Rubber mallets.
Rubber mallets.
A wooden mallet
A wooden mallet
Stonemason's mallets of plastic, wood and steel
Stonemason's mallets of plastic, wood and steel
An iron mallet with copper faces. Solid head copper mallets are produced with a round or square head
An iron mallet with copper faces. Solid head copper mallets are produced with a round or square head
An aluminum meat mallet, for tenderizing meat
An aluminum meat mallet, for tenderizing meat
Meat mallet.
Meat mallet.
Cooking mallet for crushing crops.
Cooking mallet for crushing crops.
Indian cobbler tool kit, with an iron mallet
Indian cobbler tool kit, with an iron mallet

A mallet is a tool used for imparting force on another object, often made of rubber or sometimes wood, that is smaller than a maul or beetle, and usually has a relatively large head. The term is descriptive of the overall size and proportions of the tool, and not the materials it may be made of, though most mallets have striking faces that are softer than steel.

Mallets are used in various industries, such as upholstery work, and a variety of other general purposes. It is a tool of preference for wood workers using chisels with plastic, metal, or wooden handles, as they give a softened strike with a positive drive.

Less common mallets include:

Mallets of various types are some of the oldest forms of tools, and have been found in Stone Age gravesites.[citation needed]

Musical instruments

Main article: Percussion mallet

Mallets used as drumsticks are often used to strike a marimba, xylophone, glockenspiel, metallophone, or vibraphone, collectively referred to as mallet percussion. The sticks usually have shafts made of rattan, birch, or fiberglass. Rattan shafts are more flexible than the other materials. Heads vary in size, shape, and material; they may be made of metal, plastic, rubber, or wood, and some are wrapped with felt, cord, or yarn. Heavier heads produce louder sounds, while harder heads produce sharper and louder sounds, with more overtones.

Toys

Mallets are commonly used as children's toys. Lightweight wooden mallets are used for peg toys. Toy mallets are also used in games such as Whac-A-Mole. Another type of toy mallet is a plastic mallet made of soft, hollow vinyl, with bellows and a built-in whistle, so that when the mallet is struck, it produces a sharp, chirping sound.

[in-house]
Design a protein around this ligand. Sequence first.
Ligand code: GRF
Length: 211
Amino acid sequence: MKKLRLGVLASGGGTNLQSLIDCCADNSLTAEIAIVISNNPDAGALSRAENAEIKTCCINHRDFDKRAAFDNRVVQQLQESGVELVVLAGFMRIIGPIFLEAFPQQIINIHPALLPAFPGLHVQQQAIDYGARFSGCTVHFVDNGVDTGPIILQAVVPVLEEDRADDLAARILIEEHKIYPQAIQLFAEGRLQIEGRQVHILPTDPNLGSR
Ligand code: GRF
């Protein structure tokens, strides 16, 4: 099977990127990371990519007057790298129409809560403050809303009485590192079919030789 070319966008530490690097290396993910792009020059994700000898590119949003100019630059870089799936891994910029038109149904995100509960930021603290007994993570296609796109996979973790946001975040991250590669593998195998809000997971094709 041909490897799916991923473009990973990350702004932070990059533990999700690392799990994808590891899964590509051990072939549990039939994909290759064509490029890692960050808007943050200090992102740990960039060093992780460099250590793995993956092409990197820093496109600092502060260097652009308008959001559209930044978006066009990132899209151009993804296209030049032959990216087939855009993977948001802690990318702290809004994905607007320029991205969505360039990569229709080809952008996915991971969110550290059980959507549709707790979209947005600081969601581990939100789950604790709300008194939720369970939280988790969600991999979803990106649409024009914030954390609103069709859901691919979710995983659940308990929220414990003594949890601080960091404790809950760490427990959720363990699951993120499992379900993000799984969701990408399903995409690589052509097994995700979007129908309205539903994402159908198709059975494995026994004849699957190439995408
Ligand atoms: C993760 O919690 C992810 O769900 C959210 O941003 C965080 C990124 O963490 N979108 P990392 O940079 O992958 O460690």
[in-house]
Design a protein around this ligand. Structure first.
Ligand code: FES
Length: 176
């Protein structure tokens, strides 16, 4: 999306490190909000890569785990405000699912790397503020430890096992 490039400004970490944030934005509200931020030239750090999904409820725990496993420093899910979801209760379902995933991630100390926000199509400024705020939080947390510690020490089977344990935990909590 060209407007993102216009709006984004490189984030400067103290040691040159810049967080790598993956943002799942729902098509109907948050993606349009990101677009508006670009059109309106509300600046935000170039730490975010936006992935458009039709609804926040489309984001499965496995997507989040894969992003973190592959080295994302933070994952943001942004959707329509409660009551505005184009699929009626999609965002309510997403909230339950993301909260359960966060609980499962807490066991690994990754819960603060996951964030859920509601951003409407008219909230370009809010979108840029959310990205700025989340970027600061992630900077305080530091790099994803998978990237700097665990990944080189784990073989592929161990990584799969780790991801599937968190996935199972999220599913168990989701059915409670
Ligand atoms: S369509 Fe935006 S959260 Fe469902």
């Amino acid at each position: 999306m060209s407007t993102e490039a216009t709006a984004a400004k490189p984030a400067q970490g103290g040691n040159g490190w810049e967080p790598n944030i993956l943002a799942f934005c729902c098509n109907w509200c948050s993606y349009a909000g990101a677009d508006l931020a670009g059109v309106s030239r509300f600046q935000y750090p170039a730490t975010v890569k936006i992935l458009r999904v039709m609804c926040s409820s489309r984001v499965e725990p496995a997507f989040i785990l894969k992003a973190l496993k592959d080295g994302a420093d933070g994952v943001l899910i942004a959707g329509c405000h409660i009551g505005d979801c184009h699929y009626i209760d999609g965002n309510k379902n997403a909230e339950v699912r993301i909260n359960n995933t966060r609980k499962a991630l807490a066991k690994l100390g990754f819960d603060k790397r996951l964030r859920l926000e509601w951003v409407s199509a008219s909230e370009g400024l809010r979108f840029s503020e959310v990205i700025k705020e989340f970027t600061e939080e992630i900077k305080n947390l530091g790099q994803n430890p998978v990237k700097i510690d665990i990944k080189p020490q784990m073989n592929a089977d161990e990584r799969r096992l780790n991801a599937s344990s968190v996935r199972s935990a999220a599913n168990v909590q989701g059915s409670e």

A yellow-handled, red-headed squeaky plastic mallet known as the Chipote Chillón ("Squeaky Bruiser"), or the Marreta Biônica ("Bionic Sledgehammer") in Portuguese, was the iconic weapon of Mexican comedian Chespirito's comical superhero character El Chapulín Colorado.

In Sonic the Hedgehog, Amy Rose often uses a mallet called the "Piko Piko Hammer".

In Jujutsu Kaisen, Nobara Kugisaki uses a rubber mallet instead of her usual claw hammer when she doesn't want to kill her opponents.

References

  1. ^ "The Truth About Cube Steaks - Pressure Cooker Knowledge". Missvickie.com. 2001-09-05. Archived from the original on 2012-09-13. Retrieved 2012-12-06.
  2. ^ "Show us your Commander/ Beetle/ Persuader in Timber Framing/Log construction". The Forestry Forum.
  3. ^ "The Persuader, aka: Beetle, Mallet, Hammer | New Energy Works". newenergyworks.com.
  4. ^ "Show us your Commander/ Beetle/ Persuader in Timber Framing/Log construction". The Forestry Forum.
  5. ^ "The Persuader, aka: Beetle, Mallet, Hammer | New Energy Works". newenergyworks.com.
  6. ^ "The Persuader, aka: Beetle, Mallet, Hammer | New Energy Works". newenergyworks.com.
  7. ^ An illustration of the mallet can be found in Charles F. Mitchell's Building Construction, 11th edition, printed in 1930 by B.T. Batford, Ltd.
  8. ^ Society, New York State Agricultural (1859). "Transactions of the New-York State Agricultural Society". XVIII--1858. The Society: 528–531. ((cite journal)): Cite journal requires |journal= (help)
  9. ^ Gibson, Andrew. "Choosing the Proper Mallet". Infinity Cutting Tools. infinitytools.com. Retrieved 2020-06-02.